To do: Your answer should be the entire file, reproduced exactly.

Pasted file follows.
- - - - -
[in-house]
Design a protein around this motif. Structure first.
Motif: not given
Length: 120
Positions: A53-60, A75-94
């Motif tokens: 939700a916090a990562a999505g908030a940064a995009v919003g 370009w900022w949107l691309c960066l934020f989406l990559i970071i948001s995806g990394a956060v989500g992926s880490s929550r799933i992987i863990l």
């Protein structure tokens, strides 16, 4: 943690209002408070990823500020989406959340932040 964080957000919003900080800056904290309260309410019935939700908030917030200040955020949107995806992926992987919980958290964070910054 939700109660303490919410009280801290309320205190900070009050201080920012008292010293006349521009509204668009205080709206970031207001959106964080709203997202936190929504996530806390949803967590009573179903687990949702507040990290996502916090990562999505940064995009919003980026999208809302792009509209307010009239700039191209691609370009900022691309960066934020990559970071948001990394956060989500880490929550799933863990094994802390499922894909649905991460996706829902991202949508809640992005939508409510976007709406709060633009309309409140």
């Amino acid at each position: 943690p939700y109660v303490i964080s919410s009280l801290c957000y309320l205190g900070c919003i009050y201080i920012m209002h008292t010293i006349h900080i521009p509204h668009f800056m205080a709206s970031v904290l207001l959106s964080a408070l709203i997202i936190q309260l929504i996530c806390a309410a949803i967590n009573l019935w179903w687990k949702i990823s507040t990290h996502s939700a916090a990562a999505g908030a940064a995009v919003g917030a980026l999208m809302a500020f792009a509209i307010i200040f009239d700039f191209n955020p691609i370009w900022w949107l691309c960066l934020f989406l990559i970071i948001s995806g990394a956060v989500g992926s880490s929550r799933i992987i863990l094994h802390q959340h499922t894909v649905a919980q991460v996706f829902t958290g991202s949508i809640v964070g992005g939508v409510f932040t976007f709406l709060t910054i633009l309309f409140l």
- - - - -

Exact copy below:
[in-house]
Design a protein around this motif. Structure first.
Motif: not given
Length: 120
Positions: A53-60, A75-94
């Motif tokens: 939700a916090a990562a999505g908030a940064a995009v919003g 370009w900022w949107l691309c960066l934020f989406l990559i970071i948001s995806g990394a956060v989500g992926s880490s929550r799933i992987i863990l």
């Protein structure tokens, strides 16, 4: 943690209002408070990823500020989406959340932040 964080957000919003900080800056904290309260309410019935939700908030917030200040955020949107995806992926992987919980958290964070910054 939700109660303490919410009280801290309320205190900070009050201080920012008292010293006349521009509204668009205080709206970031207001959106964080709203997202936190929504996530806390949803967590009573179903687990949702507040990290996502916090990562999505940064995009919003980026999208809302792009509209307010009239700039191209691609370009900022691309960066934020990559970071948001990394956060989500880490929550799933863990094994802390499922894909649905991460996706829902991202949508809640992005939508409510976007709406709060633009309309409140």
């Amino acid at each position: 943690p939700y109660v303490i964080s919410s009280l801290c957000y309320l205190g900070c919003i009050y201080i920012m209002h008292t010293i006349h900080i521009p509204h668009f800056m205080a709206s970031v904290l207001l959106s964080a408070l709203i997202i936190q309260l929504i996530c806390a309410a949803i967590n009573l019935w179903w687990k949702i990823s507040t990290h996502s939700a916090a990562a999505g908030a940064a995009v919003g917030a980026l999208m809302a500020f792009a509209i307010i200040f009239d700039f191209n955020p691609i370009w900022w949107l691309c960066l934020f989406l990559i970071i948001s995806g990394a956060v989500g992926s880490s929550r799933i992987i863990l094994h802390q959340h499922t894909v649905a919980q991460v996706f829902t958290g991202s949508i809640v964070g992005g939508v409510f932040t976007f709406l709060t910054i633009l309309f409140l």